Just a Bunch of Avdi Grimm Quotes
And maybe one of the ways that we do find identity, one of the ways that I find identity anyway, is I think it’s almost defined externally in a way. Because it’s not found in, “I decide to be a certain way.” It’s not found in, “I write a list of values and mission statements.” It’s found in what people see in me in those moments, what people take away from me in those moments. That’s the real identity.
But as I started to dig into the all-too-obscure literature on the intersection of computing and humanities, I really started to worry about whether the programming industry was creating a net good in the world. Our software doesn’t just assist in getting things done. It doesn’t just mediate, either. Increasingly, it defines the boundaries of reality. It tells people how to categorize the signals they perceive. It lays down the channels and chokepoints for human connection and information dissemination. It arbitrates, more than ever before, what is a thing, and what is not a thing.
It occurred to me that programmers are, by and large, manifestly unqualified to be constructing reality. But that’s what we are doing, at a ferocious rate…
The joy hasn’t gone away, despite all my misgivings. I love writing code. I especially love seeing other people’s eyes light up when I share the empowerment of coding with them; as elegantly expressed incantations on a screen take on a life of their own and become part of mutual reality.
What we do as programmers is wondrous, and thrilling, and powerful, and just plain fun. Going forward, I want to share the joy of code in a way that keeps it intimately connected to the joy of living.
Ruby is a language created in love: love for its linguistic heritage; love for the joy of coding; love for the hackers who write the code; and love for the goofy-ass shit hackers do when they feel trusted and empowered and safe from judgement.
Love and joy, trust and emotional safety: you can argue that these language values influenced the community which formed around Ruby. Or that it has attracted people who already value love and trust and safety. I don’t know which is [more] true.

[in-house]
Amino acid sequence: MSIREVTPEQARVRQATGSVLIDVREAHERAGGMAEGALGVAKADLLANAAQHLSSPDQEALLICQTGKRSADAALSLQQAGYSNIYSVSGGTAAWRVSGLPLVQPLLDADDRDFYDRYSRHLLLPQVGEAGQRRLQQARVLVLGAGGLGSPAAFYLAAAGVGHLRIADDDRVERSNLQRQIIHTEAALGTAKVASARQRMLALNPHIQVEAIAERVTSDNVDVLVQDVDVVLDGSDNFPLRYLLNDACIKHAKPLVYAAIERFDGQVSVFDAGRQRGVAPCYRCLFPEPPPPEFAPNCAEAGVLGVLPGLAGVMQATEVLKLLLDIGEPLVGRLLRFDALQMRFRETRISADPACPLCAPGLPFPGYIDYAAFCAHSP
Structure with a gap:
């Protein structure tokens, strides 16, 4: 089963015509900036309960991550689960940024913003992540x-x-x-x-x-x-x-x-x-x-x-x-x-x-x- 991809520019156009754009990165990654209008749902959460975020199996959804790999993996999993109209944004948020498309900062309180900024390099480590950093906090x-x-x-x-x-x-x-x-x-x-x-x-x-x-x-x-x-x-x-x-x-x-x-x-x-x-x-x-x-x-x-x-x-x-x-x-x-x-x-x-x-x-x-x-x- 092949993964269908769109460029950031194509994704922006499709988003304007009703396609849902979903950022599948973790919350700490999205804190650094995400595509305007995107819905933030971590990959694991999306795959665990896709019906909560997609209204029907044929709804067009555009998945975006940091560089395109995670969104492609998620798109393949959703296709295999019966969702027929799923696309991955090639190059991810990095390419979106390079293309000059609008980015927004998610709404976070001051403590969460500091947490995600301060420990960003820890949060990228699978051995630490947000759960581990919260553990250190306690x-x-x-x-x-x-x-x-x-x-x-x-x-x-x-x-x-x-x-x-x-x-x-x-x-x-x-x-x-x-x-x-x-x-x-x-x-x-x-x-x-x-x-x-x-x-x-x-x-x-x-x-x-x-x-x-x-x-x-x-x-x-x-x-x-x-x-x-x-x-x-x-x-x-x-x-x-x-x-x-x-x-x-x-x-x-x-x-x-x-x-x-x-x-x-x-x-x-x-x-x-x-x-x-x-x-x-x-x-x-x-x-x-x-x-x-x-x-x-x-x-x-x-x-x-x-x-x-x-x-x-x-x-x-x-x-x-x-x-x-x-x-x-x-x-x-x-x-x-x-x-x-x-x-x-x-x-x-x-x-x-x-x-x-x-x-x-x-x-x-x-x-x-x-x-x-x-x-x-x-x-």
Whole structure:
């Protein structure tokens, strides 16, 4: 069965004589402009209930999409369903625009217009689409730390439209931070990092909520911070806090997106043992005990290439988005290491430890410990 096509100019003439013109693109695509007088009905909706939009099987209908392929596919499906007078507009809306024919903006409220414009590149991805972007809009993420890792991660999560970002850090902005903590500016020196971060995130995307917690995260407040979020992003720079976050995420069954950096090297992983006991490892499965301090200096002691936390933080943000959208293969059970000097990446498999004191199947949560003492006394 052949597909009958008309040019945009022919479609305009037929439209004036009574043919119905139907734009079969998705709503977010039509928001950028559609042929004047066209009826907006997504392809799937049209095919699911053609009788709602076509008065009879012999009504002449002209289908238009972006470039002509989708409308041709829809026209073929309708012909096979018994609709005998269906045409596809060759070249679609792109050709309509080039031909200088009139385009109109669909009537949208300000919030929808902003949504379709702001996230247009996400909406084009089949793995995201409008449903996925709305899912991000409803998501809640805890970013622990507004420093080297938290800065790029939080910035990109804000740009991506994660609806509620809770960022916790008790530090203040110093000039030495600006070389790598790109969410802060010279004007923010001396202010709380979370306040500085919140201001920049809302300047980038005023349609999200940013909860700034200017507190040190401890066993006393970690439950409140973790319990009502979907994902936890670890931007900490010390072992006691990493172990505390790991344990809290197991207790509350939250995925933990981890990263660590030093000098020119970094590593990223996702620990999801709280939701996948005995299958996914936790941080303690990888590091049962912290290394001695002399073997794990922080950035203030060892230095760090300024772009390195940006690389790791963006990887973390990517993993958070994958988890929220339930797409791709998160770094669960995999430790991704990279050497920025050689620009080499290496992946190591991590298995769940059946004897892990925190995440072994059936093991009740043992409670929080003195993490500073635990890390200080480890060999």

But it is this environment of trust and safety that has led, I think, to a community that threw conferences featuring talks about empathy, and depression, and burnout, and activism and other squishy-but-scary topics. And that did it long before most of the rest of the software industry got up the nerve to talk about those things in public…
In this century, programmers will build the software that mediates relationships and that shapes humanity’s perceptions of reality. That software could be written from a place of fear and distrust, judgement and contempt. Or it could be written from a place of love and joy, trust and safety.
I am not passionate about Ruby. I am not passionate about programming. But I am passionate about this community. Not the Ruby community specifically. The community of programmers who value love and joy, trust and safety.
I present the 2nd and 3rd links in reverse chronological order and also quote large chunks because I think there is an important narrative in those bits in that order (it’s also incredible writing). But it’s still really important to go read the entire posts.